In the new year many of us resolve to break bad habits and replace them with healthy ones. However, we often relapse back into our old behaviour. Arlo Laibowitz explains how to change this cycle, so you can maintain those healthy habits. 

Quitting smoking. Keeping a gratitude journal. Developing a mindfulness practice. Whether we want to break certain habits or create new, healthy ones, the process can be complicated. Indeed, most of us have made resolutions to break bad habits in the past only to fall back into old patterns.

So, how do we change this cycle? How do habits work? And what are the elements needed to break bad habits and create healthy ones? Popular believe has it that it takes 21 days to form a new habit. However, a study from University College London has shown that, in fact, it can take anywhere from 18 to 254 days, depending on the complexity of the habit.

Check out our video below for an explanation on how to break and create habits and continue reading the article for more tips. 

Learn how to create healthy habits... and break destructive ones


How are habits formed exactly? 

Habits are formed by the so-called 'habit loop'. The habit loop consists of:

  • The Reminder (the trigger of the behavior).
  • The Routine (the behaviour itself).
  • The Reward (the benefit of the behaviour). 


So, to develop a healthy habit, do the following:

  • Identify the routine around the habit. Isolate the cue or reminder that triggers the behaviour.
  • Create behaviour chains and choose a (new) reminder. Create two lists; things you do every day, and things that happen to you each day. These lists will show you where and how to insert a new habit, in an “if-then” plan.
  • Eliminate excessive options. Identify aspects of your life that you consider not that important, and then routinise those aspects, so that you have mental energy left to work on your habits.
  • Choose a habit that's easy to start with. Big changes in life happen as a product of daily habits, not the other way around.
  • Experiment with rewards. Create success and positive feedback loops when accomplishing your growing healthy habit for that day.
  • Make micro quotas and macro goals. Balance your desire-to-dream-big-goals with your day-to-day activities and possible quotas to get to your goals.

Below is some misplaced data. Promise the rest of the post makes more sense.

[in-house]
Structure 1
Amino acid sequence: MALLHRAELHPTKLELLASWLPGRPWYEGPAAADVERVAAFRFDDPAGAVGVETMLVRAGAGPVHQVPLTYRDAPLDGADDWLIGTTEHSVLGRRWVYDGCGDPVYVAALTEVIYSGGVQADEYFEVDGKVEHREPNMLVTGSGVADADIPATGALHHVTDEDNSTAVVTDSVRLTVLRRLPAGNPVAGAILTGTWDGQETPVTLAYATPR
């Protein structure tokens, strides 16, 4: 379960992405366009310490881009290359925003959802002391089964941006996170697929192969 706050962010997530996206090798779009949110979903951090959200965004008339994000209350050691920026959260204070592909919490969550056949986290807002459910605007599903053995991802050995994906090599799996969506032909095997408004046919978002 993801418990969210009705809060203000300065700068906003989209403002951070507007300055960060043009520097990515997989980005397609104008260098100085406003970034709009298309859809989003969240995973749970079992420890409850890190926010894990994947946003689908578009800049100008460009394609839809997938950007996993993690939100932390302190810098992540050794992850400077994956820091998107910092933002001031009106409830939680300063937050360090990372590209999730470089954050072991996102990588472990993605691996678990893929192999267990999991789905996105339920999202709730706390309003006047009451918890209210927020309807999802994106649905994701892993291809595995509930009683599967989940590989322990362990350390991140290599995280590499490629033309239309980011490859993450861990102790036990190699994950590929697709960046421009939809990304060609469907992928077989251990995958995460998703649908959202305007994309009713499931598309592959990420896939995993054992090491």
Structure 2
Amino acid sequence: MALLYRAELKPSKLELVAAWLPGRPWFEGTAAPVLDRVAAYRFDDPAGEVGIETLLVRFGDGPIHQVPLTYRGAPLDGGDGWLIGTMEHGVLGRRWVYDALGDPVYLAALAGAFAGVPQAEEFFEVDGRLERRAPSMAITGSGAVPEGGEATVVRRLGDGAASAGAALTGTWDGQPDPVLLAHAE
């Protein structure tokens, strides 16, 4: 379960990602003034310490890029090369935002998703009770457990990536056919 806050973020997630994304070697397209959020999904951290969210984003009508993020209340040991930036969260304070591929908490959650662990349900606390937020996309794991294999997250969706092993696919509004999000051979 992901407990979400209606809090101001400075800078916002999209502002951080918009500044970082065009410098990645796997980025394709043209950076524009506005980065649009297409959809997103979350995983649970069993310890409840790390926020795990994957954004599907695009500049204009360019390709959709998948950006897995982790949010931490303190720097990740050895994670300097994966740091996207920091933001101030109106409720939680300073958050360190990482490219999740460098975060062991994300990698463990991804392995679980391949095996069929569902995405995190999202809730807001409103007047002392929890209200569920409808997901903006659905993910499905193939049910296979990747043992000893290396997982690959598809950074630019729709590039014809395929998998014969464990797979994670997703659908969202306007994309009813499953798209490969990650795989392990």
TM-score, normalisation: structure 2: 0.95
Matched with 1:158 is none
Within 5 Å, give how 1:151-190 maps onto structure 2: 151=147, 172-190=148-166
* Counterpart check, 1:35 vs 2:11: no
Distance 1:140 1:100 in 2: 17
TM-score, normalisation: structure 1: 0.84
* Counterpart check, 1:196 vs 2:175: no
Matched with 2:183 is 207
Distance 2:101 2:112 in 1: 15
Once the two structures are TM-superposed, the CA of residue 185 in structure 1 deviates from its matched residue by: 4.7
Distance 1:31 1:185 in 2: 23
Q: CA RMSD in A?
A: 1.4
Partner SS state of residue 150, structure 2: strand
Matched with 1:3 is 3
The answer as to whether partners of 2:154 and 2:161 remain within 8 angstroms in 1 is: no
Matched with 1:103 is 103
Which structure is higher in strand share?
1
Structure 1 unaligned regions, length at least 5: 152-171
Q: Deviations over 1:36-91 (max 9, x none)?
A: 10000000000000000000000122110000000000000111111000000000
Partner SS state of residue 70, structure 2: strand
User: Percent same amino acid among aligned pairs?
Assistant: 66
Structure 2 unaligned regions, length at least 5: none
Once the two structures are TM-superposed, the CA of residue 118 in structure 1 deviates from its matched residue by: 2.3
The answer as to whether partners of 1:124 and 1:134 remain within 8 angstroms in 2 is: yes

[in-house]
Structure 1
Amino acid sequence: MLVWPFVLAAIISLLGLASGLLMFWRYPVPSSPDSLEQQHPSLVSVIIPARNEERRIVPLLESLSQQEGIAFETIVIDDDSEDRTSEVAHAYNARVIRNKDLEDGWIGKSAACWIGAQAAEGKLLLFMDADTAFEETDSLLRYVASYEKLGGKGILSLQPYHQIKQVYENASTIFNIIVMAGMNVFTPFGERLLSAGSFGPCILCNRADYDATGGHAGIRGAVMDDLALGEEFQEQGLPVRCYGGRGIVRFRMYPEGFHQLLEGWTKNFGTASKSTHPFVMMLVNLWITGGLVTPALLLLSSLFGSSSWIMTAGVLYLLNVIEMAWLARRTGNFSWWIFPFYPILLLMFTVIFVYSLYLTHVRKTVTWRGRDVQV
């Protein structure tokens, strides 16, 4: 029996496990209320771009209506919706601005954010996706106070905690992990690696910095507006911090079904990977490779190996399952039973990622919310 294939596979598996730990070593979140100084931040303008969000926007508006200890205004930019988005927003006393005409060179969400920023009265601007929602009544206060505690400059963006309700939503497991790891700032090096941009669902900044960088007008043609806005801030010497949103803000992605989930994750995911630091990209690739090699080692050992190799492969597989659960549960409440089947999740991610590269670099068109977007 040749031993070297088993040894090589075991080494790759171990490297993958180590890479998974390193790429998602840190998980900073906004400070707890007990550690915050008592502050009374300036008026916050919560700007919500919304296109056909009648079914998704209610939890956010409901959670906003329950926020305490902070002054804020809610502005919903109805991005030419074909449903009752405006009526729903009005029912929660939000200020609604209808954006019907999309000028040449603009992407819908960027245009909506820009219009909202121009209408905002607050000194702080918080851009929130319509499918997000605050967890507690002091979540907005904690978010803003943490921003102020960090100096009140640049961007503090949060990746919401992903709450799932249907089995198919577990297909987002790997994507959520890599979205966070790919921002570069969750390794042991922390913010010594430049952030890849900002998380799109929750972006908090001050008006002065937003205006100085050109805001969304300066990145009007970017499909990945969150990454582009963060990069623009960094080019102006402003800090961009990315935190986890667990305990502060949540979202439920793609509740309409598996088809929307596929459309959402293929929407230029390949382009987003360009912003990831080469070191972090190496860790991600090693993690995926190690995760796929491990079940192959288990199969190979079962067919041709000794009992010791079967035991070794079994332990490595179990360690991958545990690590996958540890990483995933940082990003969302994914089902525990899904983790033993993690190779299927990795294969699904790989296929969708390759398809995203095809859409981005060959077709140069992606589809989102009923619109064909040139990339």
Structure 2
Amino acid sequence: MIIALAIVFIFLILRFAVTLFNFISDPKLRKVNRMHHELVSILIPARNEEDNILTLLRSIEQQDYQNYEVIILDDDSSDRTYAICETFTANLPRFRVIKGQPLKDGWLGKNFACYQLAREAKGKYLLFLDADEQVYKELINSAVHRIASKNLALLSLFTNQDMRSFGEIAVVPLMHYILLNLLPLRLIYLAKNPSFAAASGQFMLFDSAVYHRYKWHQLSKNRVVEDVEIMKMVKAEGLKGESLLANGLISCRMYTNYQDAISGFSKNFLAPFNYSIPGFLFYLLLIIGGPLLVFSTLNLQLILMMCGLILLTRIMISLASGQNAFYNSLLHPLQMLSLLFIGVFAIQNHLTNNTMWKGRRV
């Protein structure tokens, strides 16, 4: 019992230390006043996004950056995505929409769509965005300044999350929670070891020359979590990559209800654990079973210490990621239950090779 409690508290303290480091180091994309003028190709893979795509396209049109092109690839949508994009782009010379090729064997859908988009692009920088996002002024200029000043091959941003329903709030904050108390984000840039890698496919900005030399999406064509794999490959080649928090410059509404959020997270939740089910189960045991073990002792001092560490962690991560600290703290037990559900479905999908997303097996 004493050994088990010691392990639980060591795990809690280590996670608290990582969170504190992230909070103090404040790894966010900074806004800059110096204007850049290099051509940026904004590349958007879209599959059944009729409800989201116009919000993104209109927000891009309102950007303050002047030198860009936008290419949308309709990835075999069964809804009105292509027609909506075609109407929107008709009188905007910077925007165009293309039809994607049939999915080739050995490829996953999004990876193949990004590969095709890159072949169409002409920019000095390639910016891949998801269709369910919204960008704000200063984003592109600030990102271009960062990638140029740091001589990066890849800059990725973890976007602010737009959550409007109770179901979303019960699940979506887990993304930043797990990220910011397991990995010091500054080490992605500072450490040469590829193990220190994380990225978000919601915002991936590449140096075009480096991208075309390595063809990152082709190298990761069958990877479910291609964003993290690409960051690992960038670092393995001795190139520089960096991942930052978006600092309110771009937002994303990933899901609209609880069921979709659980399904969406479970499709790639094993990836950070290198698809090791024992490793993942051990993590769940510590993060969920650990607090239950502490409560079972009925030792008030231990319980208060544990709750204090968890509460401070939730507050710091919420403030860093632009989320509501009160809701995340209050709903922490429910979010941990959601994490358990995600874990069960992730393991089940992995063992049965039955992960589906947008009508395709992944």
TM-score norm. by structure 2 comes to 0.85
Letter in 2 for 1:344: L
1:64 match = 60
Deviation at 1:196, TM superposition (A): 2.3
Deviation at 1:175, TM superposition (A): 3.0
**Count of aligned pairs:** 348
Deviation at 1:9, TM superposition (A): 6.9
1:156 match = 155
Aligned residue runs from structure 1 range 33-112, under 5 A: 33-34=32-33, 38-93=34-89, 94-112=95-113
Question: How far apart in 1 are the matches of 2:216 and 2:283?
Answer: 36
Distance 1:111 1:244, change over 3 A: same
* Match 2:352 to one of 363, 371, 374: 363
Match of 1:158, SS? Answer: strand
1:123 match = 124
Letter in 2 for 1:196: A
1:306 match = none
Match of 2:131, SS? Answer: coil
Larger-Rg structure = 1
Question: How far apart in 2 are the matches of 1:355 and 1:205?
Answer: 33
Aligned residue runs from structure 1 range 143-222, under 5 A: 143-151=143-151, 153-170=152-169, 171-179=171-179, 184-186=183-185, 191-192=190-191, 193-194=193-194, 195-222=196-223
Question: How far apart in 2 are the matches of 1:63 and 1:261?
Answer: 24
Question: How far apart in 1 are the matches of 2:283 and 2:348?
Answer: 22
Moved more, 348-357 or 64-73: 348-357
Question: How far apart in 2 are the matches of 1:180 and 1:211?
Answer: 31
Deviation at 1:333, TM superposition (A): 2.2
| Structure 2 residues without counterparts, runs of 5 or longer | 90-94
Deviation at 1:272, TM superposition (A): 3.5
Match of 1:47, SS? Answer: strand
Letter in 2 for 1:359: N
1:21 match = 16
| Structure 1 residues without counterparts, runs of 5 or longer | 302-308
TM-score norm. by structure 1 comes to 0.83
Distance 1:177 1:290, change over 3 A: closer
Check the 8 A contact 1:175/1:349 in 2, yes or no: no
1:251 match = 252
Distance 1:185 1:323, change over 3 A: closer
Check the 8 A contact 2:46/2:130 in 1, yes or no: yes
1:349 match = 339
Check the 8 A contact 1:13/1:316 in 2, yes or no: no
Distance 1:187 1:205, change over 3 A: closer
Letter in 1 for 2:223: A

• When monitoring your habit, consider using tracking apps, or using a simple “yes-no-chart” that tracks how many days you have engaged in the healthy habit.
  • Make a solid plan on how to break bad habits or create healthy ones and how to monitor them. Visualise the process instead of the outcome.
  • Eliminate the “what the hell efect” or “ah-screw-its”. Find where things are susceptible to break down, and consider including an “if-then” plan to mitigate these moments.

Studies have shown that certain healthy habits like making your bed, exercising, or keeping a journal, can keystone other habits. So, recognize a keystone habit that works for you, and use it to develop other healthy habits.

Ditch new year's resolutions and make healthy habits instead


How to avoid falling back into old habits

To avoid falling back into our bad habits, or not succeeding in creating new, healthier ones, it's essential to recognise and counteract loopholes, like false choice loopholes, tomorrow loopholes, this-doesn’t count loopholes, fake self-actualisation loopholes, or one-time loopholes. Recognise these kinds of loopholes and counter them with “if-then” plans to strengthen your automaticity. Ultimately, breaking or creating habits help us in living the life we want to live.

As author Gretchen Rubin put it, habits are “the invisible architecture of every life and a significant element of happiness.” Whether it's gratitude, mindfulness, connection, forgiveness, compassion, or any other happiness practice you seek to work on, the key is to form and sustain healthy habits. So, why not start with one today? 

What are the bad habits you want to break and what healthy ones do you want to replace them with? And how have you managed to break any bad habits successfully? Share your ideas with the community below...


Written by Arlo Laibowitz

arlo.jpgArlo is a filmmaker, artist, lecturer, and intermittent practitioner of metta meditation and morning yoga. When not dreaming about impossible projects and making them happen in the most impractical ways possible, he journals, listens to jazz, or cuddles with his better half.



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